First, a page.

A deck-building game is a game where you slowly build yourself a deck of cards (usually by purchasing them with cards you already have). The deck then allows you to do other stuff in the game (buy things, kill things, undertake special actions, provide end-game points). When you use the cards you put them in your own personal discard pile to use again later. As the game goes on you get a bigger deck with more powerful cards which you can then use to do bigger and better things.
|Name||Clank!: A Deck-Building Adventure (2016)|
|Accessibility Report||Meeple Like Us|
|Complexity||Medium Light [2.23]|
|BGG Rank||75 [7.79]|
|Mechanism(s)||Action Points, Deck, Bag, and Pool Building, Delayed Purchase, End Game Bonuses, Movement Points, Open Drafting, Player Elimination, Point to Point Movement, Push Your Luck and Variable Set-up|
When I first played Clank! it had been bigged up by a lot of people, but quite frankly it didn’t blow me away. The theme of the game is that you are a thief (in a fantasy setting), heading off to rob a dungeon. You want to escape said dungeon with a good treasure before the big bad gets you. As you sneak around the dungeon you make noise, and the more noise you make the more likely you are to get hurt. If you die near the exit to the dungeon your friends will pull you out (and thus you get to score). If you die too far down your score will end up as zero as your body is lost forever.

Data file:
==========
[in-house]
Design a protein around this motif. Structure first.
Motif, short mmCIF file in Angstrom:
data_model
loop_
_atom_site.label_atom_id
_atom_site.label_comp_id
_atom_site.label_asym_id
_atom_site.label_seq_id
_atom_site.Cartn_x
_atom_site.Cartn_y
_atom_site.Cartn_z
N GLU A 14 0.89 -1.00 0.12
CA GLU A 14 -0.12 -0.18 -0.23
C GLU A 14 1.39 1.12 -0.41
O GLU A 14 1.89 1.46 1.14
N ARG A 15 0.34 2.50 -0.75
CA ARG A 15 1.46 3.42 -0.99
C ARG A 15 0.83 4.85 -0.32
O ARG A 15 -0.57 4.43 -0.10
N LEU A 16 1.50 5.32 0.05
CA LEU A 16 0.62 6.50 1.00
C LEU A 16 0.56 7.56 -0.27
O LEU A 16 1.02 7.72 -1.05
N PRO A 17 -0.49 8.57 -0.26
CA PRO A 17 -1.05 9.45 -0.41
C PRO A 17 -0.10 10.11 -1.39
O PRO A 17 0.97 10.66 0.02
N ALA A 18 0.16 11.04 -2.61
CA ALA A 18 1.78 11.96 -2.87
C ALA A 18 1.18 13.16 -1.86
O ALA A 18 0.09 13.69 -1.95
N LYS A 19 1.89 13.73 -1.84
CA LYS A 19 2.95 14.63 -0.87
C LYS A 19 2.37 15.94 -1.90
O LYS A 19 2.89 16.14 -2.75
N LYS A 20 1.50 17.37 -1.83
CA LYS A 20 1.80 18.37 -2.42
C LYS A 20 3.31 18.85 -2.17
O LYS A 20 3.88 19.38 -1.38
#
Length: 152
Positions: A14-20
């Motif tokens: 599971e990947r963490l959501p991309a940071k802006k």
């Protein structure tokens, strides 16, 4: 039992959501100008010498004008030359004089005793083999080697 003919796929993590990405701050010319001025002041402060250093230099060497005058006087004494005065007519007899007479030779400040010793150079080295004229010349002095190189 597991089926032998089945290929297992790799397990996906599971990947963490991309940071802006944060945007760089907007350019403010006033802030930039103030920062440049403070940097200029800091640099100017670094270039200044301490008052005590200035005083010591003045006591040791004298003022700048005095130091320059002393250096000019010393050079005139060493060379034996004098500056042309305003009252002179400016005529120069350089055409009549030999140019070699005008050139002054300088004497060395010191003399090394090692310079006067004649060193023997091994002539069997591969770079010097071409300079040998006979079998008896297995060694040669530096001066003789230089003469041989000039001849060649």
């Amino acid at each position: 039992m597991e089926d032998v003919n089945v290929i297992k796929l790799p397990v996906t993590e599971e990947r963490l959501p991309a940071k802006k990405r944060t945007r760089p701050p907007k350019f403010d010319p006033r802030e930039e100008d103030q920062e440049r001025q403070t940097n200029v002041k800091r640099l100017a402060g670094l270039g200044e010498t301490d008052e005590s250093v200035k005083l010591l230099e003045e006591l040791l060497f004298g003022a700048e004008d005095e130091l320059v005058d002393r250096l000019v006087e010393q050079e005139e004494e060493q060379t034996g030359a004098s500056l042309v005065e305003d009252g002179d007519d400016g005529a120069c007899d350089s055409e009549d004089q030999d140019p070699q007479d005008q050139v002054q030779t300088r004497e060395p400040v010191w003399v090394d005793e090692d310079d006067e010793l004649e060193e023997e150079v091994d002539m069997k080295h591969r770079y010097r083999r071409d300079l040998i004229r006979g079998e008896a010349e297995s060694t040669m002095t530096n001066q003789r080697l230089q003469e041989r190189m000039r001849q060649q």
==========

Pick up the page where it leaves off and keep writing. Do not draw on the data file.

Your deck in this game serves four main purposes: the first three – to buy cards, to attack things, and to gain points – are fairly normal for the majority of deck builders. The fourth is to move around the board. It is getting that balance between fighting and moving that makes the game really quite interesting. You are running against the clock, so you need to move quickly, but fighting gets you extra bonuses, or helps you through dangerous passageways. Good cards often give you “clank” – which is the noise-making and player-damaging mechanic. When you make clank you put a cube of your colour into a pool which at certain times are added to a bag. If your colour is pulled out of the bag then you take damage.